Potatoes in Canada

Features Agronomy Soil
AAFC offers solutions to fix soil erosion

 A study completed last year by Agriculture and Agri-Food Canada scientist Li Sheng shows spring run-off is only part of the soil loss problem.. Photo courtesy of AAFC.

June 12, 2015, Fredericton, NB – Soil erosion is the leading cause of soil degradation in potato producing areas of New Brunswick. But even if this is the time of year when farmers discover erosion in their fields due to spring run-off, a study completed last year shows this is only part of the soil loss problem.

June 22, 2015
By Agriculture and Agri-Food Canada


Due to the climate, rolling topography and coarse-textured soils, together with the intensive tillage associated with potato production, the province’s potato fields are subject to severe water and tillage erosion.

“Water and tillage erosion work together to accelerate soil erosion and nutrient losses on agricultural land,” said Li Sheng, research scientist with the Agriculture and Agri-Food Canada (AAFC) Potato Research Centre. “The damage caused by water erosion is well known because the evidence of water erosion is easy to see, rills (very shallow channels) and gullies in the fields, for example. However, rarely do people know that tillage alone can create soil loss on some spots and in many cases is the major reason for eroded soil in the fields.”

The interaction between water and tillage erosion is a major reason for soil leaving a field. Tillage erosion is caused by the differences in the amount of soil being moved by tillage at different locations in the field. These differences are related to topography. Variations in soil movement by tillage can cause tillage erosion, often shown as soil loss on hilltops and soil accumulation in depressional areas.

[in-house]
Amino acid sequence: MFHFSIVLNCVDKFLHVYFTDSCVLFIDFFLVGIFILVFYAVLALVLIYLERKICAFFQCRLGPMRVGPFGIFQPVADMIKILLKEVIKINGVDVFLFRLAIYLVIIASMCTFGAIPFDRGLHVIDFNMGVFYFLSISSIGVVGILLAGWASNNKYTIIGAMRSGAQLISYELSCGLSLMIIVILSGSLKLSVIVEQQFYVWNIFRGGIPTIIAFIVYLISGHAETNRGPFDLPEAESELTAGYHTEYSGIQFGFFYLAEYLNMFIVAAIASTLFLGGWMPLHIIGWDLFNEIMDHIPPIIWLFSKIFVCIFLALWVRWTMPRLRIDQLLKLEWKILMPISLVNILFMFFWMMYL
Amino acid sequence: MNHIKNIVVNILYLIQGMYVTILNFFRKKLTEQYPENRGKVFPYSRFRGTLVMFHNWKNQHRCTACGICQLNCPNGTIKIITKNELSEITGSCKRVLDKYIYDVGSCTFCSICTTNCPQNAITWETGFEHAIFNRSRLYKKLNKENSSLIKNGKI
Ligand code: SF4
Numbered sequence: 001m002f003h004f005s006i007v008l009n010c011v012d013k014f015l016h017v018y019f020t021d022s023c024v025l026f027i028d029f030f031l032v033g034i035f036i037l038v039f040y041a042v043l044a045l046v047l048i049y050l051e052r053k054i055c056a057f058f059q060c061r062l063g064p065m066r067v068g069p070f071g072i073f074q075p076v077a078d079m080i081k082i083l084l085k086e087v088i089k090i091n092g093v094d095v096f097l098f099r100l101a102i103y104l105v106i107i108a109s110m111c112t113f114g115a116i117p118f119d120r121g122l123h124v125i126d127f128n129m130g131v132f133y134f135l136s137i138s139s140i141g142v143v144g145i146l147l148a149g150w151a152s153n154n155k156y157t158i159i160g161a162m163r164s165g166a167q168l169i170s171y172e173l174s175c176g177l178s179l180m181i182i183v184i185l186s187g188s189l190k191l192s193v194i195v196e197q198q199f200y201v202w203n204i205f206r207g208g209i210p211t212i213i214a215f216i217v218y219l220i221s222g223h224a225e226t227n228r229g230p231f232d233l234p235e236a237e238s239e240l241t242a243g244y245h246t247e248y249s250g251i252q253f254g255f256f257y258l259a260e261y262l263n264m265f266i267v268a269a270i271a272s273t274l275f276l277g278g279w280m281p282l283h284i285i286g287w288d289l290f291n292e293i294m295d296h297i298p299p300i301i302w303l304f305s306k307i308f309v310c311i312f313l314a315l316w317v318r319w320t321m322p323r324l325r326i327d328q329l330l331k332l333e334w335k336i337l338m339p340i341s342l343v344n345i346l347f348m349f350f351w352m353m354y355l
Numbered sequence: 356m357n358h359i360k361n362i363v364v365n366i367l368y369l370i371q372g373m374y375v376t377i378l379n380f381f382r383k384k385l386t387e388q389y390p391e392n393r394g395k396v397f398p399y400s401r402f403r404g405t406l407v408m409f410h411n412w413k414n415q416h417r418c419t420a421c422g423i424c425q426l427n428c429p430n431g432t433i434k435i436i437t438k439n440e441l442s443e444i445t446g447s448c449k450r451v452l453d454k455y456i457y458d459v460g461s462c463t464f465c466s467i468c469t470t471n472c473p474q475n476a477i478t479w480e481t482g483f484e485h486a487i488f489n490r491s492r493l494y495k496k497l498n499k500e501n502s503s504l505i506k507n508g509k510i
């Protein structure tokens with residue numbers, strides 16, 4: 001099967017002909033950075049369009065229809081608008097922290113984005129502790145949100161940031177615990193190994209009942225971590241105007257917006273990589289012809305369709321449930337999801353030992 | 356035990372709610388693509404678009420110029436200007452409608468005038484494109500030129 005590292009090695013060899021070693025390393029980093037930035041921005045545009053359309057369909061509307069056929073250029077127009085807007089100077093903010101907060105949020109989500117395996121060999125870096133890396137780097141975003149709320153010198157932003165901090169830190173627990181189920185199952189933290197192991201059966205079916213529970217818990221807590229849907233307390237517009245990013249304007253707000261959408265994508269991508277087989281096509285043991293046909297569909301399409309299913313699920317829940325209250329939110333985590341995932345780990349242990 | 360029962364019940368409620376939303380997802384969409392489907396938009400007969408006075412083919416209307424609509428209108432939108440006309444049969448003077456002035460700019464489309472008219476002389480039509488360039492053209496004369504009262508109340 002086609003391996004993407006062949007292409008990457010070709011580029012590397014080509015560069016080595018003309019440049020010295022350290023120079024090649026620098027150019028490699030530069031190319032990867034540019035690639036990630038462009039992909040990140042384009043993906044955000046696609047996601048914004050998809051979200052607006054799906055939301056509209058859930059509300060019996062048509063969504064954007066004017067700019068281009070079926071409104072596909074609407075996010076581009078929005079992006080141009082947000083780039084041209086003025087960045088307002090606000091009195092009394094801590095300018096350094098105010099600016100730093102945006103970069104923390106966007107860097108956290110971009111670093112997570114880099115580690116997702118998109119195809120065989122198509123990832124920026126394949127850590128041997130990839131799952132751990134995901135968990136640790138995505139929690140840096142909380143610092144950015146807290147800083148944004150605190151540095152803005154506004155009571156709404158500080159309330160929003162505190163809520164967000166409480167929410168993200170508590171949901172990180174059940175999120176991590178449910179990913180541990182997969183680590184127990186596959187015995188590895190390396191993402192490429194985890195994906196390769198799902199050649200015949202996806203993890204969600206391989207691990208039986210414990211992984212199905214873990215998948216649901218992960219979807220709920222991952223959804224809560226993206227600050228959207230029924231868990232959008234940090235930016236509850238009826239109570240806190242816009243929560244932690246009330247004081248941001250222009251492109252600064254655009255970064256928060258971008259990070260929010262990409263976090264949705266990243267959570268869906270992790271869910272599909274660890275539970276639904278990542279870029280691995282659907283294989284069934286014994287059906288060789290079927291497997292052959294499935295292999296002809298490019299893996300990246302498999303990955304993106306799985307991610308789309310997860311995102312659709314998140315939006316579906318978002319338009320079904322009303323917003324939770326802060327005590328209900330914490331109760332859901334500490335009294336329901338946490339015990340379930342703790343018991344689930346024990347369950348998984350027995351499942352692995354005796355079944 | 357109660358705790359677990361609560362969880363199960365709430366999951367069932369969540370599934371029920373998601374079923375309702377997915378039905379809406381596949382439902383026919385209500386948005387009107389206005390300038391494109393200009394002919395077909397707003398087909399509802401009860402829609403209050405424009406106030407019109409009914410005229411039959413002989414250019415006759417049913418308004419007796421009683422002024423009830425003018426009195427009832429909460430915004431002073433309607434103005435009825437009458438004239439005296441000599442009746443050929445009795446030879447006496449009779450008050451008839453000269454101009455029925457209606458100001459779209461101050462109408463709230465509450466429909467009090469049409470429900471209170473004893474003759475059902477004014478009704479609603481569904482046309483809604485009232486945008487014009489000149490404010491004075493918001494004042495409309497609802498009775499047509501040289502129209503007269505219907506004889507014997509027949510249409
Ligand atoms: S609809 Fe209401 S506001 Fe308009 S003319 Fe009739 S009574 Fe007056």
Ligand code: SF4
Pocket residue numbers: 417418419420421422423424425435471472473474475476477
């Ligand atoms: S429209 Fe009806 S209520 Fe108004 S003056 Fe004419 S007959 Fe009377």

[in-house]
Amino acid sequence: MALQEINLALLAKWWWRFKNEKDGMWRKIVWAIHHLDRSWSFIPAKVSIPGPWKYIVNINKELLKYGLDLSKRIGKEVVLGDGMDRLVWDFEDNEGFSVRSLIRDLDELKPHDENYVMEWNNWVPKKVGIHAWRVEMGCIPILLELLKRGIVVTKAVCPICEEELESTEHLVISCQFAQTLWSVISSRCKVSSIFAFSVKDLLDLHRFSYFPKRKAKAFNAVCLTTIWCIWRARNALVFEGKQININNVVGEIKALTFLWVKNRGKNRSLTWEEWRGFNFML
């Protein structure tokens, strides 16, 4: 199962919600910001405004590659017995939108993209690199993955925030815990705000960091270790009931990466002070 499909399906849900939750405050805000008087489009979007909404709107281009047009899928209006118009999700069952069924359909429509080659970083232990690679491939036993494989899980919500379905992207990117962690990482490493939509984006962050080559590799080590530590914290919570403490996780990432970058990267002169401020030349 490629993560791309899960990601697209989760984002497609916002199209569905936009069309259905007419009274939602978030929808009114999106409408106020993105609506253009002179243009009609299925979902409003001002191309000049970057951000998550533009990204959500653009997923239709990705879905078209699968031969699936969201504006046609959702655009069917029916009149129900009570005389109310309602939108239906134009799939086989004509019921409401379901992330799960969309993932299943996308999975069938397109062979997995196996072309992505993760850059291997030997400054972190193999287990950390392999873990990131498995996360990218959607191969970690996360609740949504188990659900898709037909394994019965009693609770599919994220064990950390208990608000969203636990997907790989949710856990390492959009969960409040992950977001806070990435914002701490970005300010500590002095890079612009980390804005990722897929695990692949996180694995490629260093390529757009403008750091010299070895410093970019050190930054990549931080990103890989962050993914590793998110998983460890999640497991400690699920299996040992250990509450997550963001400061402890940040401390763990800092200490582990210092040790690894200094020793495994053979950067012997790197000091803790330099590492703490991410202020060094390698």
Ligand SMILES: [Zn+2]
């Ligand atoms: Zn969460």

For potato growers working to better protect soil and mitigate erosion, this research offers some useful insights:

  • Soil conservation practices such as conservation tillage, mulching, and soil conservation structures such as terraces and grassed waterways can help reduce water erosion.
  • Minimizing tillage passes and controlling the variations of tillage speed and depth can reduce tillage erosion.
  • An emphasis on landscape-based, integrated soil conservation in farm fields can make these remedial measures more effective. Soil conservation practices need to be applied or placed strategically and managed properly to maximize their effects. For example, grassed waterways should be placed along natural flow paths. Terrace systems should only be constructed on long slopes using well maintained grassed waterways as flow paths.

For more information, vist http://www.agr.gc.ca.